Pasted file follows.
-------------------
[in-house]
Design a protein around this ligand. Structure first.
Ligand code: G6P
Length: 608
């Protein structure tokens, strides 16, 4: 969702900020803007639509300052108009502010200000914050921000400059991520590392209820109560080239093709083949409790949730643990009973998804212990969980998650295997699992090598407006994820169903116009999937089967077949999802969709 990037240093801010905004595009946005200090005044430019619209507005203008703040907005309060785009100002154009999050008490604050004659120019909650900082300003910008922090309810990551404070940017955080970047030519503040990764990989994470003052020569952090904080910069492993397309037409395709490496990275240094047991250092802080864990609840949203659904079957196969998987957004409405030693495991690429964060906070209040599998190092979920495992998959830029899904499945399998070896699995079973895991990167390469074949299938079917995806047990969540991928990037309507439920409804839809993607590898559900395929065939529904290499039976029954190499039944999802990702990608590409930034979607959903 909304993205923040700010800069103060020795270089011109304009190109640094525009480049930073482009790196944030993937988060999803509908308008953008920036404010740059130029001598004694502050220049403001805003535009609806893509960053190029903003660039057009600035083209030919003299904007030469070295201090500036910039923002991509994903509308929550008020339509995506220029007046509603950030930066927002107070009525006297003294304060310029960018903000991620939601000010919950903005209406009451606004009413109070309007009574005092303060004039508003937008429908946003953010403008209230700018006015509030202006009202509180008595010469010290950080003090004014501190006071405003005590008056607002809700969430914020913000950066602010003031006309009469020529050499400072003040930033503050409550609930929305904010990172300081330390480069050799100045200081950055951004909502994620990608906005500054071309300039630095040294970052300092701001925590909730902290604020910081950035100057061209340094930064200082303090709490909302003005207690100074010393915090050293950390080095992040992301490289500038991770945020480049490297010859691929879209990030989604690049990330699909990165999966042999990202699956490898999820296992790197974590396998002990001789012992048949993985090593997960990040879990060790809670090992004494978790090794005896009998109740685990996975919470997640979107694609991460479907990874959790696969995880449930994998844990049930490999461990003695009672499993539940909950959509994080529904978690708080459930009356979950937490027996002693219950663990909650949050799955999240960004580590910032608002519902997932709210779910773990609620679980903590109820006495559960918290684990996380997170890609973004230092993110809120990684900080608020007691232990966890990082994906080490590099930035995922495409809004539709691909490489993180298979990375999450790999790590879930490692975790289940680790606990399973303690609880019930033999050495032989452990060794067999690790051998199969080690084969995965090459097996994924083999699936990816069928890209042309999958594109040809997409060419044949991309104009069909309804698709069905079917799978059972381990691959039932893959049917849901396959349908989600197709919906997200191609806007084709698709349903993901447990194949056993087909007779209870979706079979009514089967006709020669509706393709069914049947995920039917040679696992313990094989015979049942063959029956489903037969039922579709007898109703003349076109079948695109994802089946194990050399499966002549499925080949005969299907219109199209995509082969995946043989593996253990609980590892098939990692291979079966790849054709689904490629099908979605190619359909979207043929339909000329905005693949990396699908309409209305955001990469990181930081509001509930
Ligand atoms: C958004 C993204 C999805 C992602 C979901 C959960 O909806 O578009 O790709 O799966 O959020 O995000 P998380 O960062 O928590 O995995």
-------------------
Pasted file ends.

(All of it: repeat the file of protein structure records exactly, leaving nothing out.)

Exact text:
[in-house]
Design a protein around this ligand. Structure first.
Ligand code: G6P
Length: 608
């Protein structure tokens, strides 16, 4: 969702900020803007639509300052108009502010200000914050921000400059991520590392209820109560080239093709083949409790949730643990009973998804212990969980998650295997699992090598407006994820169903116009999937089967077949999802969709 990037240093801010905004595009946005200090005044430019619209507005203008703040907005309060785009100002154009999050008490604050004659120019909650900082300003910008922090309810990551404070940017955080970047030519503040990764990989994470003052020569952090904080910069492993397309037409395709490496990275240094047991250092802080864990609840949203659904079957196969998987957004409405030693495991690429964060906070209040599998190092979920495992998959830029899904499945399998070896699995079973895991990167390469074949299938079917995806047990969540991928990037309507439920409804839809993607590898559900395929065939529904290499039976029954190499039944999802990702990608590409930034979607959903 909304993205923040700010800069103060020795270089011109304009190109640094525009480049930073482009790196944030993937988060999803509908308008953008920036404010740059130029001598004694502050220049403001805003535009609806893509960053190029903003660039057009600035083209030919003299904007030469070295201090500036910039923002991509994903509308929550008020339509995506220029007046509603950030930066927002107070009525006297003294304060310029960018903000991620939601000010919950903005209406009451606004009413109070309007009574005092303060004039508003937008429908946003953010403008209230700018006015509030202006009202509180008595010469010290950080003090004014501190006071405003005590008056607002809700969430914020913000950066602010003031006309009469020529050499400072003040930033503050409550609930929305904010990172300081330390480069050799100045200081950055951004909502994620990608906005500054071309300039630095040294970052300092701001925590909730902290604020910081950035100057061209340094930064200082303090709490909302003005207690100074010393915090050293950390080095992040992301490289500038991770945020480049490297010859691929879209990030989604690049990330699909990165999966042999990202699956490898999820296992790197974590396998002990001789012992048949993985090593997960990040879990060790809670090992004494978790090794005896009998109740685990996975919470997640979107694609991460479907990874959790696969995880449930994998844990049930490999461990003695009672499993539940909950959509994080529904978690708080459930009356979950937490027996002693219950663990909650949050799955999240960004580590910032608002519902997932709210779910773990609620679980903590109820006495559960918290684990996380997170890609973004230092993110809120990684900080608020007691232990966890990082994906080490590099930035995922495409809004539709691909490489993180298979990375999450790999790590879930490692975790289940680790606990399973303690609880019930033999050495032989452990060794067999690790051998199969080690084969995965090459097996994924083999699936990816069928890209042309999958594109040809997409060419044949991309104009069909309804698709069905079917799978059972381990691959039932893959049917849901396959349908989600197709919906997200191609806007084709698709349903993901447990194949056993087909007779209870979706079979009514089967006709020669509706393709069914049947995920039917040679696992313990094989015979049942063959029956489903037969039922579709007898109703003349076109079948695109994802089946194990050399499966002549499925080949005969299907219109199209995509082969995946043989593996253990609980590892098939990692291979079966790849054709689904490629099908979605190619359909979207043929339909000329905005693949990396699908309409209305955001990469990181930081509001509930
Ligand atoms: C958004 C993204 C999805 C992602 C979901 C959960 O909806 O578009 O790709 O799966 O959020 O995000 P998380 O960062 O928590 O995995």